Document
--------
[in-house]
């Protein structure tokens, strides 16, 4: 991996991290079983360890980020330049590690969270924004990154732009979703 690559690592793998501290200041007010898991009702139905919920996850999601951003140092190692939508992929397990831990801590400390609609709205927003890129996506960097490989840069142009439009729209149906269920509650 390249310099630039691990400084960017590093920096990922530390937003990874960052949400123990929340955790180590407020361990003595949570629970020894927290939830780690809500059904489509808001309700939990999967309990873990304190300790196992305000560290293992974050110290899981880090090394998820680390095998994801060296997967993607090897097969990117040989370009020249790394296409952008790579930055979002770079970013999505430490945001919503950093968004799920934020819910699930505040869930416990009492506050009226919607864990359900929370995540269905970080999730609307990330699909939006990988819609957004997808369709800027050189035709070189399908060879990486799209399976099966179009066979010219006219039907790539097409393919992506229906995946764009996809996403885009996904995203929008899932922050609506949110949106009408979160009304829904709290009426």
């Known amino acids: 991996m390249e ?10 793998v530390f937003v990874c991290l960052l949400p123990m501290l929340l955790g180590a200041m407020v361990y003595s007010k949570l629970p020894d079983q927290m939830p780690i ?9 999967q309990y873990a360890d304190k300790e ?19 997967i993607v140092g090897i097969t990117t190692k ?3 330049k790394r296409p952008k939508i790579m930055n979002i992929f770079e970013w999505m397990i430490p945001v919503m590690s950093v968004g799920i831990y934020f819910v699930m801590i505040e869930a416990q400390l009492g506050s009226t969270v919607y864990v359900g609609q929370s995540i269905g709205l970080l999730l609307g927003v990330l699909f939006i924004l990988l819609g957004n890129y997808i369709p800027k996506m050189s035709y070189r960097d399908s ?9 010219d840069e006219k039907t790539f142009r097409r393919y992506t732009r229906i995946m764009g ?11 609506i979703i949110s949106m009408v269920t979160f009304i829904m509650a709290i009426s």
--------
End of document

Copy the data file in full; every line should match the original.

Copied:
[in-house]
């Protein structure tokens, strides 16, 4: 991996991290079983360890980020330049590690969270924004990154732009979703 690559690592793998501290200041007010898991009702139905919920996850999601951003140092190692939508992929397990831990801590400390609609709205927003890129996506960097490989840069142009439009729209149906269920509650 390249310099630039691990400084960017590093920096990922530390937003990874960052949400123990929340955790180590407020361990003595949570629970020894927290939830780690809500059904489509808001309700939990999967309990873990304190300790196992305000560290293992974050110290899981880090090394998820680390095998994801060296997967993607090897097969990117040989370009020249790394296409952008790579930055979002770079970013999505430490945001919503950093968004799920934020819910699930505040869930416990009492506050009226919607864990359900929370995540269905970080999730609307990330699909939006990988819609957004997808369709800027050189035709070189399908060879990486799209399976099966179009066979010219006219039907790539097409393919992506229906995946764009996809996403885009996904995203929008899932922050609506949110949106009408979160009304829904709290009426």
């Known amino acids: 991996m390249e ?10 793998v530390f937003v990874c991290l960052l949400p123990m501290l929340l955790g180590a200041m407020v361990y003595s007010k949570l629970p020894d079983q927290m939830p780690i ?9 999967q309990y873990a360890d304190k300790e ?19 997967i993607v140092g090897i097969t990117t190692k ?3 330049k790394r296409p952008k939508i790579m930055n979002i992929f770079e970013w999505m397990i430490p945001v919503m590690s950093v968004g799920i831990y934020f819910v699930m801590i505040e869930a416990q400390l009492g506050s009226t969270v919607y864990v359900g609609q929370s995540i269905g709205l970080l999730l609307g927003v990330l699909f939006i924004l990988l819609g957004n890129y997808i369709p800027k996506m050189s035709y070189r960097d399908s ?9 010219d840069e006219k039907t790539f142009r097409r393919y992506t732009r229906i995946m764009g ?11 609506i979703i949110s949106m009408v269920t979160f009304i829904m509650a709290i009426s």